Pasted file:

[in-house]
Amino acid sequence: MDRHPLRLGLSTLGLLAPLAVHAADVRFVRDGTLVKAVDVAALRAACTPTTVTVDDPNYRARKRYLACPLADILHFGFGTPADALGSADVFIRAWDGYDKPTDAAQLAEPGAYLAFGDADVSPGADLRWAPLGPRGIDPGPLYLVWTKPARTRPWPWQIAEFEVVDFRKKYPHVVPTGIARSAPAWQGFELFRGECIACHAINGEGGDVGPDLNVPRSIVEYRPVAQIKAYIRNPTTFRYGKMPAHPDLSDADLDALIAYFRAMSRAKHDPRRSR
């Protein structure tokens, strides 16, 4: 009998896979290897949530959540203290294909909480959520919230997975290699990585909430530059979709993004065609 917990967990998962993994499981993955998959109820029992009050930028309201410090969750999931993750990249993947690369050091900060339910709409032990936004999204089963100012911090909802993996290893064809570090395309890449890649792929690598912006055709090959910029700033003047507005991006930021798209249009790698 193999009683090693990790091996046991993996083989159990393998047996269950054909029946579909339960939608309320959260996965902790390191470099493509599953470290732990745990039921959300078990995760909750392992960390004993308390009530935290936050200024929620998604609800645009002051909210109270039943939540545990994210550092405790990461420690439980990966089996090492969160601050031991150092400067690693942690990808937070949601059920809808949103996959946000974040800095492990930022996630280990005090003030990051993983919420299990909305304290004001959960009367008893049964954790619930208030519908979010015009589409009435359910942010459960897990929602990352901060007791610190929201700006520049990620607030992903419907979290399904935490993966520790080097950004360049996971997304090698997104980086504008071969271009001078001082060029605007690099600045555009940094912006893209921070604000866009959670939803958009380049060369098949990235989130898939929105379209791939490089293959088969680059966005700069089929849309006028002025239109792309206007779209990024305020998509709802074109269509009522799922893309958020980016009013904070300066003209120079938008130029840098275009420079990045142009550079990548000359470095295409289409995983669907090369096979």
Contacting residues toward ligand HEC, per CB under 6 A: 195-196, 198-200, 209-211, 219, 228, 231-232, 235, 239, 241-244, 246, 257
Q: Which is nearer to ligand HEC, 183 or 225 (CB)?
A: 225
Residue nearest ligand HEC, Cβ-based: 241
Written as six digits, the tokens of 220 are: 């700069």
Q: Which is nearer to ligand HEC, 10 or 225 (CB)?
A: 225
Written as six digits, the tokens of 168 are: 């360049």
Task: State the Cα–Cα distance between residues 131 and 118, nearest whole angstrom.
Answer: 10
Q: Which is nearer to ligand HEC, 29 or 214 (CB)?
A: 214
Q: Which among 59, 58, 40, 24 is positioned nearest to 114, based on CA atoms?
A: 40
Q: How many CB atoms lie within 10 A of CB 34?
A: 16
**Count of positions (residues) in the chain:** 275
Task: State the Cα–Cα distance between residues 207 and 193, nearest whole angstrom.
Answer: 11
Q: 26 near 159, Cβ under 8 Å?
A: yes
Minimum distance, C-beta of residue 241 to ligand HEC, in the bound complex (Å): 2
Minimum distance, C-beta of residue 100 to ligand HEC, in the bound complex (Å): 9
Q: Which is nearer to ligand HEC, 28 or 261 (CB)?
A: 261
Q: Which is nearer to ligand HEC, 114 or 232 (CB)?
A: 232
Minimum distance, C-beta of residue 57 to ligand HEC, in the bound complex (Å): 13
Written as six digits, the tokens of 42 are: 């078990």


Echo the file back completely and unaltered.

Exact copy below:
[in-house]
Amino acid sequence: MDRHPLRLGLSTLGLLAPLAVHAADVRFVRDGTLVKAVDVAALRAACTPTTVTVDDPNYRARKRYLACPLADILHFGFGTPADALGSADVFIRAWDGYDKPTDAAQLAEPGAYLAFGDADVSPGADLRWAPLGPRGIDPGPLYLVWTKPARTRPWPWQIAEFEVVDFRKKYPHVVPTGIARSAPAWQGFELFRGECIACHAINGEGGDVGPDLNVPRSIVEYRPVAQIKAYIRNPTTFRYGKMPAHPDLSDADLDALIAYFRAMSRAKHDPRRSR
């Protein structure tokens, strides 16, 4: 009998896979290897949530959540203290294909909480959520919230997975290699990585909430530059979709993004065609 917990967990998962993994499981993955998959109820029992009050930028309201410090969750999931993750990249993947690369050091900060339910709409032990936004999204089963100012911090909802993996290893064809570090395309890449890649792929690598912006055709090959910029700033003047507005991006930021798209249009790698 193999009683090693990790091996046991993996083989159990393998047996269950054909029946579909339960939608309320959260996965902790390191470099493509599953470290732990745990039921959300078990995760909750392992960390004993308390009530935290936050200024929620998604609800645009002051909210109270039943939540545990994210550092405790990461420690439980990966089996090492969160601050031991150092400067690693942690990808937070949601059920809808949103996959946000974040800095492990930022996630280990005090003030990051993983919420299990909305304290004001959960009367008893049964954790619930208030519908979010015009589409009435359910942010459960897990929602990352901060007791610190929201700006520049990620607030992903419907979290399904935490993966520790080097950004360049996971997304090698997104980086504008071969271009001078001082060029605007690099600045555009940094912006893209921070604000866009959670939803958009380049060369098949990235989130898939929105379209791939490089293959088969680059966005700069089929849309006028002025239109792309206007779209990024305020998509709802074109269509009522799922893309958020980016009013904070300066003209120079938008130029840098275009420079990045142009550079990548000359470095295409289409995983669907090369096979």
Contacting residues toward ligand HEC, per CB under 6 A: 195-196, 198-200, 209-211, 219, 228, 231-232, 235, 239, 241-244, 246, 257
Q: Which is nearer to ligand HEC, 183 or 225 (CB)?
A: 225
Residue nearest ligand HEC, Cβ-based: 241
Written as six digits, the tokens of 220 are: 């700069």
Q: Which is nearer to ligand HEC, 10 or 225 (CB)?
A: 225
Written as six digits, the tokens of 168 are: 């360049």
Task: State the Cα–Cα distance between residues 131 and 118, nearest whole angstrom.
Answer: 10
Q: Which is nearer to ligand HEC, 29 or 214 (CB)?
A: 214
Q: Which among 59, 58, 40, 24 is positioned nearest to 114, based on CA atoms?
A: 40
Q: How many CB atoms lie within 10 A of CB 34?
A: 16
**Count of positions (residues) in the chain:** 275
Task: State the Cα–Cα distance between residues 207 and 193, nearest whole angstrom.
Answer: 11
Q: 26 near 159, Cβ under 8 Å?
A: yes
Minimum distance, C-beta of residue 241 to ligand HEC, in the bound complex (Å): 2
Minimum distance, C-beta of residue 100 to ligand HEC, in the bound complex (Å): 9
Q: Which is nearer to ligand HEC, 28 or 261 (CB)?
A: 261
Q: Which is nearer to ligand HEC, 114 or 232 (CB)?
A: 232
Minimum distance, C-beta of residue 57 to ligand HEC, in the bound complex (Å): 13
Written as six digits, the tokens of 42 are: 């078990």